Our history and heritage

Odd jobs of our city’s past

We’ve sure seen a lot of change in our 175+ years of operation. We’ve dug into the archives to come up with 6 odd jobs that no longer exist at the City.

  • Council block boy, 1928

    This smartly dressed fellow was tasked with removing horse dung and other nuisances from the city’s streets. Each block boy was in charge of a city block, hence the name. The manure was kept in special receptacles until it was collected and sold to the public as fertiliser.

    Credit: City of Sydney Archives
  • Town Hall clock cleaners, 1937

    Well, it isn’t going to clean itself… This pic shows workmen suspended by ropes to clean the clockface at Sydney Town Hall. Note the great hats.

    Credit: City of Sydney Archives
  • Garbage punting, 1913

    A problem in a rapidly growing city: how to dispose of garbage? In 1876 council resolved to take it out to sea in a punt like this one pictured. Tides brought much of it back to shore (residents recalled seeing everything from vegetable debris to rats wash up on Bondi Beach). The practice was put to an end in 1932.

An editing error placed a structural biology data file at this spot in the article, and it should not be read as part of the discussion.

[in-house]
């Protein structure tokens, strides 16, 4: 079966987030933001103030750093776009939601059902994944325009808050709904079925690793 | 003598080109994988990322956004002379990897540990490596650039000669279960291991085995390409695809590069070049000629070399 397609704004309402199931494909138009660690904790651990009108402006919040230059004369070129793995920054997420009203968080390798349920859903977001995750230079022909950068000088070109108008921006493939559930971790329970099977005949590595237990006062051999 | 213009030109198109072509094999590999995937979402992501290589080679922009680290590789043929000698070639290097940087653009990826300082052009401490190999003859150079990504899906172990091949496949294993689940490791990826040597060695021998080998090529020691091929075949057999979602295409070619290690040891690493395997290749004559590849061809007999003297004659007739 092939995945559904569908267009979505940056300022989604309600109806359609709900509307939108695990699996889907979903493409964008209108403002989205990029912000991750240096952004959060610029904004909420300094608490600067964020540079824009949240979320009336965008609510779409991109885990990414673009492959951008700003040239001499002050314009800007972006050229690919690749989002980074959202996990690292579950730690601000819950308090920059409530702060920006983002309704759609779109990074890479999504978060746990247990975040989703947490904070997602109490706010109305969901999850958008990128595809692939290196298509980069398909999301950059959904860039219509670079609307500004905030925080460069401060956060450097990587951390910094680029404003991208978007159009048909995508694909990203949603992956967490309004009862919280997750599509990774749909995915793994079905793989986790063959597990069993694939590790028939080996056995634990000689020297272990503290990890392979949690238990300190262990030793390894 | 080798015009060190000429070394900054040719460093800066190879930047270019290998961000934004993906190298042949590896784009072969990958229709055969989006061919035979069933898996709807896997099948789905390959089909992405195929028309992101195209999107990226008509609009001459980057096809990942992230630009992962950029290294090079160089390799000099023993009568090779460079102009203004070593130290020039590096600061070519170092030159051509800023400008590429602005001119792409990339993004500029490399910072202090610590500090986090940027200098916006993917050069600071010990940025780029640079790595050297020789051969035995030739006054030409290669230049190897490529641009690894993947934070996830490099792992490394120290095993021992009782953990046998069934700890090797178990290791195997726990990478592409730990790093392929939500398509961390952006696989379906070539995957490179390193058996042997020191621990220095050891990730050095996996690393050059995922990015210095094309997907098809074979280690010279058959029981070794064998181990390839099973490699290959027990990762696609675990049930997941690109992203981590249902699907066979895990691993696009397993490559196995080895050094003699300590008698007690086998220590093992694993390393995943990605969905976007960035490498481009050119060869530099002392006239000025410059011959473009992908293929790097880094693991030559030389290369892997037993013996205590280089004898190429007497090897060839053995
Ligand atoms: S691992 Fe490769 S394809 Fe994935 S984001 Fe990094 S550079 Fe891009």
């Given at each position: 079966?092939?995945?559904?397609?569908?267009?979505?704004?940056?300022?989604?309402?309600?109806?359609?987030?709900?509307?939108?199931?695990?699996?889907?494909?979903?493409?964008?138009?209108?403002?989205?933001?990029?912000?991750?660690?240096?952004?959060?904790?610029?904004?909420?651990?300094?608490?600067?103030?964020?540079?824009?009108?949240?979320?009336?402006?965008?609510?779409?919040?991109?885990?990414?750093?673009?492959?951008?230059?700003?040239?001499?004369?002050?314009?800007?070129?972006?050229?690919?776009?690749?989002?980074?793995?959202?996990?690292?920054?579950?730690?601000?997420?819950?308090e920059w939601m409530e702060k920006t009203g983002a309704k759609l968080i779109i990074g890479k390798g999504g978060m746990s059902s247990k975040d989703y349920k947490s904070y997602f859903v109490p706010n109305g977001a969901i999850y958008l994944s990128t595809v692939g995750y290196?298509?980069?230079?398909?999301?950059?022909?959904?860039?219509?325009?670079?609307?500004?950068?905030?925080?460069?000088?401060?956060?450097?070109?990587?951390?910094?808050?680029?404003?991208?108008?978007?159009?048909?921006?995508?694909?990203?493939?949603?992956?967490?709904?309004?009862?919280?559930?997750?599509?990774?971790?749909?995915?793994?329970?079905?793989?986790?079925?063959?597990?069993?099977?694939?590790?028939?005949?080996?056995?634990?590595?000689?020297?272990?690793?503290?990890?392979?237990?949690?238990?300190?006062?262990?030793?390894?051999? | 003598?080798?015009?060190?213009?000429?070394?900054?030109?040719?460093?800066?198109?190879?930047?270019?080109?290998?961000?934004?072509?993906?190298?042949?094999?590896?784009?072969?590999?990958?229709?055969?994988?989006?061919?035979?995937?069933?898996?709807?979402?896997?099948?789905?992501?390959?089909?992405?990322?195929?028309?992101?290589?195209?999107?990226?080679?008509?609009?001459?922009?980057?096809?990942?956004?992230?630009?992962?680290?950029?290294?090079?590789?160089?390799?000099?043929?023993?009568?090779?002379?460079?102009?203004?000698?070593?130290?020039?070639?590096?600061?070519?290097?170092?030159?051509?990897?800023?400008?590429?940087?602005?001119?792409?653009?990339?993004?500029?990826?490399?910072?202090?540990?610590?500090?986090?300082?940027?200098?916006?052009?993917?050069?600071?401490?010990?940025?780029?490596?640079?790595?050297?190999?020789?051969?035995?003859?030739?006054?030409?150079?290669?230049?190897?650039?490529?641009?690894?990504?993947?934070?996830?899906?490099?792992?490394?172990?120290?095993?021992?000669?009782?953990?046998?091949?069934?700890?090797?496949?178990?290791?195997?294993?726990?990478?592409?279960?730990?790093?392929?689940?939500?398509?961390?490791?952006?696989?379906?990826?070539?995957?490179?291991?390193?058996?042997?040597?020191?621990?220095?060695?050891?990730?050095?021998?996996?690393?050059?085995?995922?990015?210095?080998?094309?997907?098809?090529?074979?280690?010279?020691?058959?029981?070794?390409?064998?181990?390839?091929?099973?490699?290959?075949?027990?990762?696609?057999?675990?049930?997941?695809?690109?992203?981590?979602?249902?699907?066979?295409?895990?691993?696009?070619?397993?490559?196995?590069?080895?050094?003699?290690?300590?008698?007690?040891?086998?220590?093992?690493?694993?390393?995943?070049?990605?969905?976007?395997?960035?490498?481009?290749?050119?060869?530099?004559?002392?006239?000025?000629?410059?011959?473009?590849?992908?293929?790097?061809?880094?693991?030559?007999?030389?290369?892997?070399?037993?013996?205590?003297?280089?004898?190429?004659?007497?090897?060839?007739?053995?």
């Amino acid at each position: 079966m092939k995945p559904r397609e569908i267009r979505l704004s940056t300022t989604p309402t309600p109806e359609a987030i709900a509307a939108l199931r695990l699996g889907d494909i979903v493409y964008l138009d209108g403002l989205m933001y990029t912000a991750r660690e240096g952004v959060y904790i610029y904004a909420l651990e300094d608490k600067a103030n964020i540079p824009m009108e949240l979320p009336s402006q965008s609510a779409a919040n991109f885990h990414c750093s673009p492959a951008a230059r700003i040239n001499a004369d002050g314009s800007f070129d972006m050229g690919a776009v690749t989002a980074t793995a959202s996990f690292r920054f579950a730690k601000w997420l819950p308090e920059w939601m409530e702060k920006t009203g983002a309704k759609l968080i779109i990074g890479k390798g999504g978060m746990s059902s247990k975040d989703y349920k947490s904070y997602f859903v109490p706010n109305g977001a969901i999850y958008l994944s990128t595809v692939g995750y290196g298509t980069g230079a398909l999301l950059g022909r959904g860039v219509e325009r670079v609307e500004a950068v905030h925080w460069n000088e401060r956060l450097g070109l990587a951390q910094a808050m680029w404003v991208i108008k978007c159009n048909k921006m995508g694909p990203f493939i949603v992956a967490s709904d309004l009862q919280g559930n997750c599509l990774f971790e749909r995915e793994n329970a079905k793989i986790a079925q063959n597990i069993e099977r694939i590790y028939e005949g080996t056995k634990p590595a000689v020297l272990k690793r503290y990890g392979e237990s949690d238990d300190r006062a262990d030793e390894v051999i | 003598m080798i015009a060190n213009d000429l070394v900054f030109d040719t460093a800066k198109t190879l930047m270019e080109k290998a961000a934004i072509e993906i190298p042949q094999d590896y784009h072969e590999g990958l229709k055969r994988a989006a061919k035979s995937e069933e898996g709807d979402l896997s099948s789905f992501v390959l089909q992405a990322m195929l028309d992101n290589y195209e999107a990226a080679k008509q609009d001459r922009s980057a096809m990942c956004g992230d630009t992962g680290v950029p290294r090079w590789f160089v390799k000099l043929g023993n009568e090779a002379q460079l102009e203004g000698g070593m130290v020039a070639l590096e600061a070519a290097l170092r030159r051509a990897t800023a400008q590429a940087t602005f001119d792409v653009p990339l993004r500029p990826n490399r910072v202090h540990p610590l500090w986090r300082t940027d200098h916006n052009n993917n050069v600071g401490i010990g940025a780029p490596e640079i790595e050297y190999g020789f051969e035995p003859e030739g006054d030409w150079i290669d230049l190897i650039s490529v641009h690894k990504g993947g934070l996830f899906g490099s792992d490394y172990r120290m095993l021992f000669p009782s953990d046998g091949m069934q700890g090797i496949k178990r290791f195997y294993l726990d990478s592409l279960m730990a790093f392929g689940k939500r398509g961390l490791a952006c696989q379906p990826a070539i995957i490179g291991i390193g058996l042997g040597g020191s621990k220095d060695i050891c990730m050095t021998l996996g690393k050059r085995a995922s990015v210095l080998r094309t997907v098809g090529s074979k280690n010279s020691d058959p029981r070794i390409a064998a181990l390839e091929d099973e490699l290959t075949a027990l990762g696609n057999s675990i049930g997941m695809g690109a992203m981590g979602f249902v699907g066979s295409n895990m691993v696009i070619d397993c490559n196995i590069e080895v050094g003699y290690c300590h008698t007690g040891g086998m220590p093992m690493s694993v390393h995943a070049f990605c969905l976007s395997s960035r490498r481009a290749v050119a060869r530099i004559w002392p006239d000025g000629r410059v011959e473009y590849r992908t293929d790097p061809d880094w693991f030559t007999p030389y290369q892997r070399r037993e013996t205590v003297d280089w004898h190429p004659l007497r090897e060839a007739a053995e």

Credit: City of Sydney Archives
  • Data Processing Manager, 1970s

    In 1970, council took the first step toward computerising the city’s vast collections of data by approving the position of Data Processing Manager. This photograph, from 1977, shows the purpose-built room constructed in Town Hall House to house the council’s mainframe computer.

    Credit: City of Sydney Archives
  • Lift Attendant, 1932

    Taking an elevator was much more personal in the city’s early days. This photo shows a lift attendant in Town Hall’s elevator, which was installed in 1906.

    Credit: City of Sydney Archives
  • City mobile library driver

    Can’t get to the library? No problem - it will come to you. The mobile library was the brainchild of City Librarian Francis Bell. This photo shows Bell alongside librarians Miss Ruth Broinowski, Miss Margaret Pedersen and driver Mr J. Royston. It visited schools and factories every fortnight, loaded with 5,000 books and periodicals. The service continued until 1991.

    Credit: City of Sydney Archives